By John Arquilla
As John Arquilla notes, many books have been written that speculate about President Reagan, seemingly open, but in practical terms one of the most private and closed presidents we have ever had. Arquilla does not set out to "crack the carapace of his psyche" (p.9), but rather to examine his strategic thinking based on foreign (not domestic) policy. And in those senses, Arquilla comes up with some surprising answers. He argues that Reagan was in many ways the pivot of presidential foreign policy, a president that has not been appreciated for his strategic insights as well as his strategic successes. "In short," Arquilla argues, "the world would be far more complicated and infinitely more dangerous had Ronald Reagan not risen to the presidency. But he did, making a favorable peace with the Russians just in time to give the United States the running room it needs to cope with a new era of complex problems and grave global challenges" (p.212).
Arquilla is, of course, most concerned with foreign policy strategy in general and military strategy in particular. I've reviewed some of his previous work on this blog, including his recent book on reforming the military to better deal with asymmetric warfare and some of his writings on netwar. In this book, he is most interested in "the Reagan imprint," the lasting influence that Reagan's strategic thinking had on the US military, US strategy, and the conduct of subsequent presidents. Arquilla's assessment is not entirely positive, but it appears thorough and searching to this lay reader.
This portrait of Reagan may be hard for some to take, given a popular perception of Reagan as driven by ideology, Christian apocalyptism, and half-remembered movie plots. But Arquilla builds a case that Reagan was "above all else a strategic thinker" (p.215). Although the entire book builds this case, I'll quote from the book's excellent summary. Arquilla singles out five ways in which "Reagan transformed American grand strategy" (p.215):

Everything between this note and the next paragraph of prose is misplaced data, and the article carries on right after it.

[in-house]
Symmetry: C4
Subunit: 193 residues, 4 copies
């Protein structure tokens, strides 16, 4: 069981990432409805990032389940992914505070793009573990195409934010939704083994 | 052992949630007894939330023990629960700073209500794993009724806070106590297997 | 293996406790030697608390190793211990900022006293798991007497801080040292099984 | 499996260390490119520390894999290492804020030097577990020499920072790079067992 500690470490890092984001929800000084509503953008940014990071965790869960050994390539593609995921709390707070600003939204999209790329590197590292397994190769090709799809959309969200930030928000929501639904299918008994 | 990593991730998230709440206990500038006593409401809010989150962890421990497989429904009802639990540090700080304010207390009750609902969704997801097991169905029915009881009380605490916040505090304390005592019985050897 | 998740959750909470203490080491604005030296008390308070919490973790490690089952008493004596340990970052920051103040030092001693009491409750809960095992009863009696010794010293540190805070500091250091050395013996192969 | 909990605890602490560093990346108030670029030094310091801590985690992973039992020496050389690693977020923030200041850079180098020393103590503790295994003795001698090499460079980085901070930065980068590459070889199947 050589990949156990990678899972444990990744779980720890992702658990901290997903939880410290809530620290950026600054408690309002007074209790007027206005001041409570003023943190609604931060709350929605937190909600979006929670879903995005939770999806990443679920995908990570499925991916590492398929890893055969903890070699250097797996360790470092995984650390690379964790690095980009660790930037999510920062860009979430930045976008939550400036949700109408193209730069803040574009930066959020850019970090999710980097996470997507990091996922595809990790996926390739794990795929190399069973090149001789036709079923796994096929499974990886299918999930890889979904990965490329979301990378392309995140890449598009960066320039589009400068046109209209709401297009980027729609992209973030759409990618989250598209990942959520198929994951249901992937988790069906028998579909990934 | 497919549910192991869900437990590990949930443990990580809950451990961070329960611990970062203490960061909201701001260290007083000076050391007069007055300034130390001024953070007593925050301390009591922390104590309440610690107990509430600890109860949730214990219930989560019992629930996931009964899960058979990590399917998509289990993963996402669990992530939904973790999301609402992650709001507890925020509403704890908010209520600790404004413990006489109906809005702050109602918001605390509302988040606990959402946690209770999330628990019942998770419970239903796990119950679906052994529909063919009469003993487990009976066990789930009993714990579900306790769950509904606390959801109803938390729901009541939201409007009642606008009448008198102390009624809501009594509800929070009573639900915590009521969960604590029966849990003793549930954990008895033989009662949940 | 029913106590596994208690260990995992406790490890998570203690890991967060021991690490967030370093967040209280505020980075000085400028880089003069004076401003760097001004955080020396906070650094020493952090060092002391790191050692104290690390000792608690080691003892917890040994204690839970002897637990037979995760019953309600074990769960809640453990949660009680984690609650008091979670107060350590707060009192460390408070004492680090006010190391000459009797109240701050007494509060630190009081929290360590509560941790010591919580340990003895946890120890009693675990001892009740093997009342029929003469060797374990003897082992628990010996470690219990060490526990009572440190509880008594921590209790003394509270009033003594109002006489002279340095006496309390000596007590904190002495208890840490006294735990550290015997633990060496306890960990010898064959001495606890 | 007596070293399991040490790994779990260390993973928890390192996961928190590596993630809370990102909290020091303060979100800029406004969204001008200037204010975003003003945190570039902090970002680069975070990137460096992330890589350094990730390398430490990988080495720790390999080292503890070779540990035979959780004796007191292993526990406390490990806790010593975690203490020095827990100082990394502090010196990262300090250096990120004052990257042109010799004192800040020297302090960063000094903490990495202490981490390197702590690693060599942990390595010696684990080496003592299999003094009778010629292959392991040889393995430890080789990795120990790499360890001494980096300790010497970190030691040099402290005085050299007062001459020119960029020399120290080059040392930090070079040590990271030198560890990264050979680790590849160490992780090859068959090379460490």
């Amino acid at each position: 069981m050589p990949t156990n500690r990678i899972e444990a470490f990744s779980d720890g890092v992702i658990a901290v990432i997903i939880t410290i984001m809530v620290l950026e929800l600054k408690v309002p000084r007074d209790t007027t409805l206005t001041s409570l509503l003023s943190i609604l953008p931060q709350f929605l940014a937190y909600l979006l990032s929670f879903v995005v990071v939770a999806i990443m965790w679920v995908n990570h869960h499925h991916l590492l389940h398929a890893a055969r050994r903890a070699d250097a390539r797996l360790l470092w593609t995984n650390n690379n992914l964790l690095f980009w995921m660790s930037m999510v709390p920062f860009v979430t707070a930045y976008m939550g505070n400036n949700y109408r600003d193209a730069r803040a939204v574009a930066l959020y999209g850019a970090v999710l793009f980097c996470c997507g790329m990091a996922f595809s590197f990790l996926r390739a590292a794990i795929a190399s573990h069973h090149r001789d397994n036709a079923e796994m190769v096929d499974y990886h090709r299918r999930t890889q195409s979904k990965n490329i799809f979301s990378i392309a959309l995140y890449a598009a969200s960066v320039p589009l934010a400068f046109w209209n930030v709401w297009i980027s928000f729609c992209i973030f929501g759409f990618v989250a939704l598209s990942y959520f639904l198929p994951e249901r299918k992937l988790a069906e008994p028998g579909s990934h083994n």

From containment to rollback: Up to Reagan's election, the US had taken the strategic position of containing Soviet expansion: a reactive, resistant strategy. Reagan elected to "take the initiative away from the Soviets" (p.216) by encouraging those under Soviet control to resist: "helping others help themselves," as Arquilla put it (p.216). Arquilla demonstrates that Reagan's successors (Bush, Clinton, Bush) have in their different ways followed through on these principles by "helping others free themselves" (p.216, my emphasis).
From deterrence to defense. Arquilla argues that up to Reagan's term, the Cold War emphasized avoiding war between the US and the USSR at all costs, because it would spiral into nuclear war. That was partially because US forces could not react quickly or forcefully enough to repel an expected Soviet invasion of Europe; war games with this scenario inevitably led to a nuclear conflagration. Reagan reasoned that building conventional forces meant opening a middle ground on which conventional warfare could be fought – making the world safe for conventional warfare, as it were – and thus making nuclear war less likely. Reagan was fond of saying that "a nuclear war cannot be won and must never be fought," and Arquilla argues forcefully that Reagan's statement was not merely window dressing, it was a core tenet driving his strategy. The other component was, of course, ballistic missile defense (p.217). Arquilla demonstrates that this shift in strategy has influenced each of his successors.
From arms racing to arms reduction. "Until Reagan came along," Arquilla argues, "statesmen and strategists generally believed the superpowers were locked into an airtight, inescapable security dilemma" (p.218). Every attempt at defense could be understood as a threat by the other side; the arms race could be slowed through limitation talks such as SALT, but not stopped or reversed. Reagan rejected this dilemma and engaged in arms reduction talks (START) (p.218).
From propaganda to public diplomacy. Arquilla emphasizes that Reagan was the first president to use the term "information strategy" – and the first president of the Cold War to actively pursue one. The Great Communicator rejected "the propaganda that had characterized the war of ideas before him," and in contrast, "his strategy consisted of steadily increasing presssure on our adversaries by communicating directly with those people they were oppressing" (p.219).